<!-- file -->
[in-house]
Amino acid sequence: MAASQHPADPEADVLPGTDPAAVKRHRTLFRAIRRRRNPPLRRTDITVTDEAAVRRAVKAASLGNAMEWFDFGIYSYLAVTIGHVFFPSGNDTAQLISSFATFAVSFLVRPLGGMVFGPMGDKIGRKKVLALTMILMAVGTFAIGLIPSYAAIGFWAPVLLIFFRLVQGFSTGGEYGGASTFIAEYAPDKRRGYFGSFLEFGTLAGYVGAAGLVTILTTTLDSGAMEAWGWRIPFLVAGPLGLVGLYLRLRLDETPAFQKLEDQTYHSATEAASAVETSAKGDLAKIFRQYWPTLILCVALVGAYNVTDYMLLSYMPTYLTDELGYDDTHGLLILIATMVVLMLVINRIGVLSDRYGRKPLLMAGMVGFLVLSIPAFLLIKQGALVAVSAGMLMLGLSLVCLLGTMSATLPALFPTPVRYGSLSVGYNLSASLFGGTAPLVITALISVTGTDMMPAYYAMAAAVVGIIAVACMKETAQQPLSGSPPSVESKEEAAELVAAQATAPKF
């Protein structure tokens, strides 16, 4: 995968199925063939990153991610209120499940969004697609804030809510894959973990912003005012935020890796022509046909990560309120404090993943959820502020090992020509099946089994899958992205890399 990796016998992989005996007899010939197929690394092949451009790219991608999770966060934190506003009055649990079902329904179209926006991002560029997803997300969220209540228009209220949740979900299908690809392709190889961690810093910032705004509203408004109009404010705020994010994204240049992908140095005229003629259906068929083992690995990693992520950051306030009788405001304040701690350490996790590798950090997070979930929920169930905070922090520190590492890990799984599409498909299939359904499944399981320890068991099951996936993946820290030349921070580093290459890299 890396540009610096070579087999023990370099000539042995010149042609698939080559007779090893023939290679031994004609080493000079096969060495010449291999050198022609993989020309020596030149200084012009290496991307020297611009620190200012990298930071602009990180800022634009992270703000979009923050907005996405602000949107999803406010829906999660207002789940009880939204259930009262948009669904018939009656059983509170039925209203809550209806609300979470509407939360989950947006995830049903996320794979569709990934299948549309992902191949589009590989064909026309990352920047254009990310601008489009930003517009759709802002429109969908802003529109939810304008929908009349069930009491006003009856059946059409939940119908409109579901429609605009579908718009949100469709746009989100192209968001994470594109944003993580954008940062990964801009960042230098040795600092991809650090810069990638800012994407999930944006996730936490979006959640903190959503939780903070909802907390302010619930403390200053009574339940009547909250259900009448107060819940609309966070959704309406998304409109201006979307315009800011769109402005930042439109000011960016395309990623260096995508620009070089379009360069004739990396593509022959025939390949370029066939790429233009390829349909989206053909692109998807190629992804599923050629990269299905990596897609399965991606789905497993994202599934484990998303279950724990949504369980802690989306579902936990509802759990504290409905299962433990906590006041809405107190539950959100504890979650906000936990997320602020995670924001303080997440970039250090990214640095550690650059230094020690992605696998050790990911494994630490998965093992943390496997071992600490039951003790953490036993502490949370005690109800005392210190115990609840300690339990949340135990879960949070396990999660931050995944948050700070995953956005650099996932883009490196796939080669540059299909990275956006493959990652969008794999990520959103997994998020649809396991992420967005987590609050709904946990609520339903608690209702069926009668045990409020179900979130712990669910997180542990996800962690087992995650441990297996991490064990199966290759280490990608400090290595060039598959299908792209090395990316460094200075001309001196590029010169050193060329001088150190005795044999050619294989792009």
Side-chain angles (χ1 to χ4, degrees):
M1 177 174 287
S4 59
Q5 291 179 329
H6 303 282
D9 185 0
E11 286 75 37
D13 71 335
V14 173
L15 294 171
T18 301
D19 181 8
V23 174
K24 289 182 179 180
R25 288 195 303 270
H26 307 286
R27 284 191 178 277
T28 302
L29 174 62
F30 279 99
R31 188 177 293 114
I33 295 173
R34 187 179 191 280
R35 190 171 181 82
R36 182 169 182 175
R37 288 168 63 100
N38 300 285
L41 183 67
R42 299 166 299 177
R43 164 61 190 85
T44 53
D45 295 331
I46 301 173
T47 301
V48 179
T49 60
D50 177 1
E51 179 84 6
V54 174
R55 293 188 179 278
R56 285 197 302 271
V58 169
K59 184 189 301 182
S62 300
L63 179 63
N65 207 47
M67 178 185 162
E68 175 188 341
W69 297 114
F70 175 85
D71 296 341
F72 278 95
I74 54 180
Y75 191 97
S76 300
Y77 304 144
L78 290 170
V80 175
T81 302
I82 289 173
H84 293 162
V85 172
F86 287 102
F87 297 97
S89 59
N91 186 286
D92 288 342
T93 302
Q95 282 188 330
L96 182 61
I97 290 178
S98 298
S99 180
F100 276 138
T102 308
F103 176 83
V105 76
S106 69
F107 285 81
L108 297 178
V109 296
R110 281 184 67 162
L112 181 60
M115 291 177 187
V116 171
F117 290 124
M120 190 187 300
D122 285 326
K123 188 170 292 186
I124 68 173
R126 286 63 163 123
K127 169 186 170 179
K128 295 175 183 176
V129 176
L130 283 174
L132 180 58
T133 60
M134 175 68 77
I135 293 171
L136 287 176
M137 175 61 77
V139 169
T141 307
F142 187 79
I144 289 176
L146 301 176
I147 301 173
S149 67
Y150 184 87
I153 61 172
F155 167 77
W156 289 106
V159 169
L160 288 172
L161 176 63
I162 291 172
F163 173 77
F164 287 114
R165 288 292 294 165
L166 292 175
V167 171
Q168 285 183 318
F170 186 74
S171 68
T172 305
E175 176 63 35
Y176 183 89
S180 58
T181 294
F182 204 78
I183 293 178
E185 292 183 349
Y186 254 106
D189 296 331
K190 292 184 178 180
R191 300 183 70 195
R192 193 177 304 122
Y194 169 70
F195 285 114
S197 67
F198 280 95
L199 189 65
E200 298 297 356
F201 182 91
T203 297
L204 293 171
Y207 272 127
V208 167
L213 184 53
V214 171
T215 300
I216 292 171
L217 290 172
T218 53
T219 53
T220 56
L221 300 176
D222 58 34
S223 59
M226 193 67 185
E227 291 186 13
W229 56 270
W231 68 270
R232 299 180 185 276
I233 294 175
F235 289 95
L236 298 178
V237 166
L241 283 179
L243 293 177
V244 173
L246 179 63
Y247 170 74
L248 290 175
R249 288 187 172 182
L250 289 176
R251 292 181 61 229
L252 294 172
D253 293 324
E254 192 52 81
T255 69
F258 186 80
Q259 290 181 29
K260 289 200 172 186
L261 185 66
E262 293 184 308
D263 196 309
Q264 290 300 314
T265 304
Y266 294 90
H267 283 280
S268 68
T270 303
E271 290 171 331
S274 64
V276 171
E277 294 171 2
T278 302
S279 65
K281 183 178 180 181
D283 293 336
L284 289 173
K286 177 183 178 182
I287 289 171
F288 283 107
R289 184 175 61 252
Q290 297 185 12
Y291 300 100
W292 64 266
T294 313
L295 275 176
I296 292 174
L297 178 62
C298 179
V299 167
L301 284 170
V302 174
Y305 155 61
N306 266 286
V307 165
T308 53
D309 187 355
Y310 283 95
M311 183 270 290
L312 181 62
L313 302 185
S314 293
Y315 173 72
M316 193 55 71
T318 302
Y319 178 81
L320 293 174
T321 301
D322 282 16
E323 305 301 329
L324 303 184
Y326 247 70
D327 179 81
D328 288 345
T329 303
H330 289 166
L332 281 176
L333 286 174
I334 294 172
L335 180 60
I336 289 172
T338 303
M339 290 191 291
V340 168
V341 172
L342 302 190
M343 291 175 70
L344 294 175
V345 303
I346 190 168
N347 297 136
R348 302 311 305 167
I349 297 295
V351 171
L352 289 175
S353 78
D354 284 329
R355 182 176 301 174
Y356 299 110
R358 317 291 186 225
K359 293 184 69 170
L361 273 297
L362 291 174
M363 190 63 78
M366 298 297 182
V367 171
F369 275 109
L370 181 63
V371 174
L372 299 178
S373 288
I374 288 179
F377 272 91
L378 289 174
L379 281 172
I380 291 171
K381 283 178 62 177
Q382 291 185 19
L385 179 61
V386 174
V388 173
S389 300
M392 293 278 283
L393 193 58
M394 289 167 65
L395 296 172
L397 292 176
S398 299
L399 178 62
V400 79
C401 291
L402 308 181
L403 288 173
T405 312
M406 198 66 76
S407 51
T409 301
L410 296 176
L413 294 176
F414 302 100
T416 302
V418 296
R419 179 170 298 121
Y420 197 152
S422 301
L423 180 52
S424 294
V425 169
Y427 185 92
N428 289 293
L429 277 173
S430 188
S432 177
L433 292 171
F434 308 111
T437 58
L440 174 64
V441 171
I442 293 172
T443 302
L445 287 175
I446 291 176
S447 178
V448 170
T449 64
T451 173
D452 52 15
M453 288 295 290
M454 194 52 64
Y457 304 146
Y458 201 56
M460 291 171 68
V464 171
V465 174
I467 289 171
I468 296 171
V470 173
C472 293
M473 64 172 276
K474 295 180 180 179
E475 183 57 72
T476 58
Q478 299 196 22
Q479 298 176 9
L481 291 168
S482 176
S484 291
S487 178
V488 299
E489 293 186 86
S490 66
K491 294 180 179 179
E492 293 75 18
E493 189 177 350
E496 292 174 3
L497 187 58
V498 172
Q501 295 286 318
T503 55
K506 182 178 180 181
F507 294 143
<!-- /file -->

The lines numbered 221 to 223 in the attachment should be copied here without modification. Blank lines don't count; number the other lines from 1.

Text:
Y305 155 61
N306 266 286
V307 165